Cashman: Yankees had “pretend” interest in Carl Crawford to “drive price up” for Red Sox

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General manager Brian Cashman said today that the Yankees’ interest in Carl Crawford was “pretend” and meant only to drive up the price for the Red Sox, who ultimately signed him to a seven-year, $142 million contract.

That’s easy to say now that Crawford has had the worst season of his career and the Yankees are AL East champions, but Cashman correctly pointed out that he already had a cheaper, younger version of Crawford in Brett Gardner:

I actually had dinner with the agent to pretend that we were actually involved and drive the price up. The outfield wasn’t an area of need, but everybody kept writing Crawford, Crawford, Crawford, Crawford. And I was like, “I feel like we’ve got Carl Crawford in Brett Gardner, except he costs more than $100 million less, with less experience.”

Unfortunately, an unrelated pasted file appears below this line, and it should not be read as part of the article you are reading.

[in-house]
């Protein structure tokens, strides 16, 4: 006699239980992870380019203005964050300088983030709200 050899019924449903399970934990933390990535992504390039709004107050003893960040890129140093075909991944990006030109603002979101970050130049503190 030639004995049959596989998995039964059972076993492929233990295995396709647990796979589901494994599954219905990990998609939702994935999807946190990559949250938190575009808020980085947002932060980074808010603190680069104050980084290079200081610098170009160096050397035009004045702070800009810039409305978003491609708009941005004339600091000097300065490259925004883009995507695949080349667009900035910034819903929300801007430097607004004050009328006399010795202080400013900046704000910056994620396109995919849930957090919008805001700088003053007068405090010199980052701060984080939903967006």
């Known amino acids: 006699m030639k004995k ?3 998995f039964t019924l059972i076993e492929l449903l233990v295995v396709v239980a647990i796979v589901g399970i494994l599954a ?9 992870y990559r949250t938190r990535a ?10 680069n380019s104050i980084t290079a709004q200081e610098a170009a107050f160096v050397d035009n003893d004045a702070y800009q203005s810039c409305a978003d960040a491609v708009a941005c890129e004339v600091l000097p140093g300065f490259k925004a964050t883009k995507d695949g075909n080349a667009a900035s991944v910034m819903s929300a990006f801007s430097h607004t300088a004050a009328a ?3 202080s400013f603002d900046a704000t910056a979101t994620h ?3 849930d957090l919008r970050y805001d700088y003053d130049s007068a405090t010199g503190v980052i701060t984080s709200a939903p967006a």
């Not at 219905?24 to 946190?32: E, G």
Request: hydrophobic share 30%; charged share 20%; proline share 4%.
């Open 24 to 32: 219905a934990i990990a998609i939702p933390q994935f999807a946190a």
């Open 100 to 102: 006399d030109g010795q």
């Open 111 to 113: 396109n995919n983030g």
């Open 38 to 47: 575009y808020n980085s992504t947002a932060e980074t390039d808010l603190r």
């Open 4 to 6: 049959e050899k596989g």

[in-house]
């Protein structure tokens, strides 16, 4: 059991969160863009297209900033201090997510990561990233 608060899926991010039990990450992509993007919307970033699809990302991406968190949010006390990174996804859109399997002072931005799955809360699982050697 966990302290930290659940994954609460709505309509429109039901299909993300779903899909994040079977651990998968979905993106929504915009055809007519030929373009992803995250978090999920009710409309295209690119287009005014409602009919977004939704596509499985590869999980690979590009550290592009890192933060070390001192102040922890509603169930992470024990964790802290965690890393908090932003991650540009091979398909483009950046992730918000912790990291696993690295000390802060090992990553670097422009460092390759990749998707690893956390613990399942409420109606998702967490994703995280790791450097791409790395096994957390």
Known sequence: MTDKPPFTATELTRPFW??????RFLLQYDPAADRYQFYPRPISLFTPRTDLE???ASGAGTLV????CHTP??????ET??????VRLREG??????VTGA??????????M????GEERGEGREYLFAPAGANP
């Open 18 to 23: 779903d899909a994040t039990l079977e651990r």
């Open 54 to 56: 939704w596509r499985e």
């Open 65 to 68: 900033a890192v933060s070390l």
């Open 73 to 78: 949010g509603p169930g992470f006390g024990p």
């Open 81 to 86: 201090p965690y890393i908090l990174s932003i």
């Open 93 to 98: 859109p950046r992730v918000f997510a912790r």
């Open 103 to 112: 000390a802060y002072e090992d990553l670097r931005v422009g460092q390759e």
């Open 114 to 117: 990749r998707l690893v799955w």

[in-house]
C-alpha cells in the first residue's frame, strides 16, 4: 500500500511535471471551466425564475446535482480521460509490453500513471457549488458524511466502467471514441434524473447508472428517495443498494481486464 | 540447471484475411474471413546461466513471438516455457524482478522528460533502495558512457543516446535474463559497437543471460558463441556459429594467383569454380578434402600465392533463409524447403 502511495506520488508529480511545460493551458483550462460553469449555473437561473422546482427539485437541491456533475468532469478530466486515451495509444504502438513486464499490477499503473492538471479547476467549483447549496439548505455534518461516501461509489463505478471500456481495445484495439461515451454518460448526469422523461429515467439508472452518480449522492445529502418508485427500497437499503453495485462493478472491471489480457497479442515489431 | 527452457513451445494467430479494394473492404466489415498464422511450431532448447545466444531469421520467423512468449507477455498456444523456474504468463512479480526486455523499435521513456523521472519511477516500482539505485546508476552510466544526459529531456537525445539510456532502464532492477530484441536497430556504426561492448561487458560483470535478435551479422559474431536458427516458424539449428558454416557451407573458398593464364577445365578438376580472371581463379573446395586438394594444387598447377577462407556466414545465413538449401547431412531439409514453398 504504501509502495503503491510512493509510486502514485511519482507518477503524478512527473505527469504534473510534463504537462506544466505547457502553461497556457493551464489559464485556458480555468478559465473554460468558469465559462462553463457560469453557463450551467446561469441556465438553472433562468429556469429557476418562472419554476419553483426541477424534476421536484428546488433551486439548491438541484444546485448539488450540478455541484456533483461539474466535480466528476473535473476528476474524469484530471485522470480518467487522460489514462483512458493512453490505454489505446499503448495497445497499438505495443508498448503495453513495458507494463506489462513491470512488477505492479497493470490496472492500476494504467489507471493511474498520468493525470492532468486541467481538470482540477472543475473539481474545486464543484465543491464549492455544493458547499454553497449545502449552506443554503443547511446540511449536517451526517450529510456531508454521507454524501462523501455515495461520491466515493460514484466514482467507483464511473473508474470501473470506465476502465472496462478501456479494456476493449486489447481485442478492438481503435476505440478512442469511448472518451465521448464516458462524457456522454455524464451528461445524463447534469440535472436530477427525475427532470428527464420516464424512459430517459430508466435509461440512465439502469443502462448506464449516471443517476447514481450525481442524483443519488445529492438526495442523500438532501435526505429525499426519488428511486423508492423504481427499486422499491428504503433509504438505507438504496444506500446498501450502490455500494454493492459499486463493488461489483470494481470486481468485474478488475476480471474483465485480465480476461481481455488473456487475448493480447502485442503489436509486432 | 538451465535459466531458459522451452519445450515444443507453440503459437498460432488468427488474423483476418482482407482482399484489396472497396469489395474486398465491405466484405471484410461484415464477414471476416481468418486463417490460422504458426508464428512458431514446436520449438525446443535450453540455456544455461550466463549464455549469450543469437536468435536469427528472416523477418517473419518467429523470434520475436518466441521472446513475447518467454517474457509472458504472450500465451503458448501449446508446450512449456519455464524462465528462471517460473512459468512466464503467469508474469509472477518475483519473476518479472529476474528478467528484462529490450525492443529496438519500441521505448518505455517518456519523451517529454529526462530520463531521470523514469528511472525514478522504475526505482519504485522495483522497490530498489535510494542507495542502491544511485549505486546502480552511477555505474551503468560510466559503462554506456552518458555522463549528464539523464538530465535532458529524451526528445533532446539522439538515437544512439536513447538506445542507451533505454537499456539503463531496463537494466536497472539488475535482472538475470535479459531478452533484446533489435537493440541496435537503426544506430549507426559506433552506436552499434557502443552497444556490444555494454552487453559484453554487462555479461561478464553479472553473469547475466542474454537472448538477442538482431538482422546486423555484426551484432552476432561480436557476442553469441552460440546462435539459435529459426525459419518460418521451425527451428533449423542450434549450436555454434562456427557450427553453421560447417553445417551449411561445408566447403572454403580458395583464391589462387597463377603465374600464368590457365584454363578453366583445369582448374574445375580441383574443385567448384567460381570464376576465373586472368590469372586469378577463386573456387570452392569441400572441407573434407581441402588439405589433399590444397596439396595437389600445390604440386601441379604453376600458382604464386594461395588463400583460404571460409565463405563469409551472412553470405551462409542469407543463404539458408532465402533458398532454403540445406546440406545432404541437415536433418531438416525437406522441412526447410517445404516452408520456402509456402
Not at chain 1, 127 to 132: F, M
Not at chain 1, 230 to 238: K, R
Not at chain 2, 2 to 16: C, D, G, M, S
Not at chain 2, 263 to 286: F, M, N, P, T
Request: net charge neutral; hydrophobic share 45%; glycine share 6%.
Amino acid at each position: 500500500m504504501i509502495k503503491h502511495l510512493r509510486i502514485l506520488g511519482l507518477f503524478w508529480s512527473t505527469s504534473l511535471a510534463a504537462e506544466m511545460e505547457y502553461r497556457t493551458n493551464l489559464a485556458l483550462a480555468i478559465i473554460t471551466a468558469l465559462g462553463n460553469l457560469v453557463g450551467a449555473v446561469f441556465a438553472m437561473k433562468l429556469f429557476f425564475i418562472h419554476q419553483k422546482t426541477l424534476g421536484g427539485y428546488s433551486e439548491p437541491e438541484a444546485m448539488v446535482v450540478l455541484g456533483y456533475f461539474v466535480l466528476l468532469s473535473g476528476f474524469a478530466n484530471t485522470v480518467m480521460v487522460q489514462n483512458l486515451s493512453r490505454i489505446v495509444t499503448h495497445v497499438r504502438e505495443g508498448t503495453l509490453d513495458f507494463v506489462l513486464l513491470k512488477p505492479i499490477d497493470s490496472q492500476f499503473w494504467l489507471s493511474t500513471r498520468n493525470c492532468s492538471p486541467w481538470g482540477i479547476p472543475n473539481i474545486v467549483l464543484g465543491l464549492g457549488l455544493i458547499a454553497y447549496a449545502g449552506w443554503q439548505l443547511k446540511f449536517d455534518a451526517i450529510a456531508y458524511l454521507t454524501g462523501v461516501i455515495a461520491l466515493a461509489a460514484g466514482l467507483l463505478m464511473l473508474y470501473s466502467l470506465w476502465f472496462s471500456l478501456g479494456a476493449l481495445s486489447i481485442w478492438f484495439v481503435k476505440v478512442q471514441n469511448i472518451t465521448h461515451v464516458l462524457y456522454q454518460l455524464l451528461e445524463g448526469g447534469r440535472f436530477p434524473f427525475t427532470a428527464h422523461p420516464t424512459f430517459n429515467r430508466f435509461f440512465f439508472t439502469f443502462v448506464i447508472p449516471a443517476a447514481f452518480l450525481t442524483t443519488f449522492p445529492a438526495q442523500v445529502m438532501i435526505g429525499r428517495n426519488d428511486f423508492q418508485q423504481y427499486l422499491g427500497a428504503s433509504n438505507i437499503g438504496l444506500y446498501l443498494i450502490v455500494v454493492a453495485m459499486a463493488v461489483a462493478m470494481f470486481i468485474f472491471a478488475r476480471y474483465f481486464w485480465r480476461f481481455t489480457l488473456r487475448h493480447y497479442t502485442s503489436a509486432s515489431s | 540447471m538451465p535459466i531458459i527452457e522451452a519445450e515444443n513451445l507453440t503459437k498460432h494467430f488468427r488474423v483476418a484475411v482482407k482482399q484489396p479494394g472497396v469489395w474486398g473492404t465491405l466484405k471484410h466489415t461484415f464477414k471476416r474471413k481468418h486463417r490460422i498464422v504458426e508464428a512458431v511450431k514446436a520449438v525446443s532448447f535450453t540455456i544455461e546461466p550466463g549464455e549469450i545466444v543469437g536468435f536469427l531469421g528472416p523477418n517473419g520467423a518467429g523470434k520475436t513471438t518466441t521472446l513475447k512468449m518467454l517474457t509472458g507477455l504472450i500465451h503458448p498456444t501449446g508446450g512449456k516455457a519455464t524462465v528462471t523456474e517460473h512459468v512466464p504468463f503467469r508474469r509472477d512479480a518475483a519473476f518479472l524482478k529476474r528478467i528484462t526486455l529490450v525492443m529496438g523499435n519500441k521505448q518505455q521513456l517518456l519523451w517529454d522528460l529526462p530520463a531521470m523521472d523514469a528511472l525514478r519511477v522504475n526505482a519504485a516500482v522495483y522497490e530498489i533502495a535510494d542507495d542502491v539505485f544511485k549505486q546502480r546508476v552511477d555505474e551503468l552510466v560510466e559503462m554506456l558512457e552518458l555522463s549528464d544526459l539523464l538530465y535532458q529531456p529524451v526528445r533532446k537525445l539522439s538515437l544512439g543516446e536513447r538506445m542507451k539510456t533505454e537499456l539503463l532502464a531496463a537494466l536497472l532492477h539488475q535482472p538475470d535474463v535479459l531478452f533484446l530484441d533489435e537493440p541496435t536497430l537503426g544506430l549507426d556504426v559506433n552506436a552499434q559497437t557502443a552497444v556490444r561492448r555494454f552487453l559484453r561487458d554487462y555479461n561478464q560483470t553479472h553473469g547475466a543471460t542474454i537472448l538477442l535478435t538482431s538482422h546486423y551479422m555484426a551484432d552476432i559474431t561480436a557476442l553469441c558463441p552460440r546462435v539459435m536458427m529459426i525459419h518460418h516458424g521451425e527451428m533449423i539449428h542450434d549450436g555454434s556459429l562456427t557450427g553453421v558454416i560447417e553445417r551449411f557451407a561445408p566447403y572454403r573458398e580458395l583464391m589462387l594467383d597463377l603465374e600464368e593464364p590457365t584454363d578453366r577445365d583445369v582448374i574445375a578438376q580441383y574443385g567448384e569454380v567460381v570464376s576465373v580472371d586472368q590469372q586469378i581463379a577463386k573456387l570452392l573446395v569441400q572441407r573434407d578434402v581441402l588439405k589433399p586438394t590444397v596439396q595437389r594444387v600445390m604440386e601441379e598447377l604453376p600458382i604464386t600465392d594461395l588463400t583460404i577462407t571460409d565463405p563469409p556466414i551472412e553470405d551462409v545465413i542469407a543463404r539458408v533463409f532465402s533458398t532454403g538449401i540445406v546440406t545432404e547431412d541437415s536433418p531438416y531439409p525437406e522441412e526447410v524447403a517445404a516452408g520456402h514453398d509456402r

“Everybody kept writing Crawford, Crawford, Crawford, Crawford” sounds very similar to “my baseball people love Ken Phelps’ bat, they kept saying Ken Phelps, Ken Phelps.”

As for Gardner, he’s right. In fact, way back in November when Crawford was being linked to various teams I wrote that “the Yankees are pretty set in the outfield and Gardner in particular has a relatively similar skill set to Crawford at a fraction of the price.”

Gardner doesn’t have Crawford’s power, but his on-base skills, speed, and defense in left field were very similar and he’s earning $530,000 this season while easily out-producing the version making $14 million.

Angels hire Brad Ausmus as special assistant to the GM

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Jeff Fletcher of the Orange County Register reports that the Angels have hired former Tigers manager Brad Ausmus as a special assistant to GM Billy Eppler.

Ausmus, 48, managed the Tigers for four seasons, accruing a 314-332 (.486) record. The Tigers fired him after the 2017 season and hired former Twins manager Ron Gardenhire in his place.

Ausmus will assist with scouting and evaluations of players in the Angels’ system, amateurs, and players in other organizations.